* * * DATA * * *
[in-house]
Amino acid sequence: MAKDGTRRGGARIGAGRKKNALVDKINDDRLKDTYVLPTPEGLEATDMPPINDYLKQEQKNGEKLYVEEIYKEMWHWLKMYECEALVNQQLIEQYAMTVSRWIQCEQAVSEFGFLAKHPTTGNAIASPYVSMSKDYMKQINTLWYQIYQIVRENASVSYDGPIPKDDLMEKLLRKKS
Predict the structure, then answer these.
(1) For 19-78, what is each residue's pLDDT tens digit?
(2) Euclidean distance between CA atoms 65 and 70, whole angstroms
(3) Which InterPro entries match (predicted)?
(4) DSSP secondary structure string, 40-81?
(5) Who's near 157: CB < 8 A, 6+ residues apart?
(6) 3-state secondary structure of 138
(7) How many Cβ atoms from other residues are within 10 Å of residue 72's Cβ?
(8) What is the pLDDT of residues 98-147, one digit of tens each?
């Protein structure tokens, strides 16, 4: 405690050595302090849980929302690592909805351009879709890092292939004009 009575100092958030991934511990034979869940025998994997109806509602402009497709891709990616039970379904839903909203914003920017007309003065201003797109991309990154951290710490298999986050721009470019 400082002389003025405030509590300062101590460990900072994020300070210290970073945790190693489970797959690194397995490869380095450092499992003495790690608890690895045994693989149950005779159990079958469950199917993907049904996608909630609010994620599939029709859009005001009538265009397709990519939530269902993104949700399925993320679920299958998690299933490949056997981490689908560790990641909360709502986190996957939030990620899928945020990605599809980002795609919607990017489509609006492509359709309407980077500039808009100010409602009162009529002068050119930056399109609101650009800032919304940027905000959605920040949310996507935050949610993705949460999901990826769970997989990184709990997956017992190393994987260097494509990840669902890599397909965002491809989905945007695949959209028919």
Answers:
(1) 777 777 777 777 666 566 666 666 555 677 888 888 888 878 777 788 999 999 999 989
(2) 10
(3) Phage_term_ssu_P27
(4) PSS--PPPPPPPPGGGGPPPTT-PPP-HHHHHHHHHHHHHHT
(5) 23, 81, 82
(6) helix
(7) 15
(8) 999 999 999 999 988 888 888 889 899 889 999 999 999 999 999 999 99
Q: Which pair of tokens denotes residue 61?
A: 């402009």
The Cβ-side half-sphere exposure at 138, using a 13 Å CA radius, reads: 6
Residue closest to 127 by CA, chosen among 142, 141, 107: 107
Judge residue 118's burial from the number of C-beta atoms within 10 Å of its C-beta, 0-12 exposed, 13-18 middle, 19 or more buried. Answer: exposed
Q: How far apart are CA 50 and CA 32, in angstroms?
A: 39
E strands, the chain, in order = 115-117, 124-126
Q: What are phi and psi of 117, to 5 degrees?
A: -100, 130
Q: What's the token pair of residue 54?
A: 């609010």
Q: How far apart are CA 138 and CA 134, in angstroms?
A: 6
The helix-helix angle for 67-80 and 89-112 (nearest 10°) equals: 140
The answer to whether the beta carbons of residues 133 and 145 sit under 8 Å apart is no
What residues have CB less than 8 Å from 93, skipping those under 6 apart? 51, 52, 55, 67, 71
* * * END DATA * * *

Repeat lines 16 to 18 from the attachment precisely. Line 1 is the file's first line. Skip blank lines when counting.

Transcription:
(3) Phage_term_ssu_P27
(4) PSS--PPPPPPPPGGGGPPPTT-PPP-HHHHHHHHHHHHHHT
(5) 23, 81, 82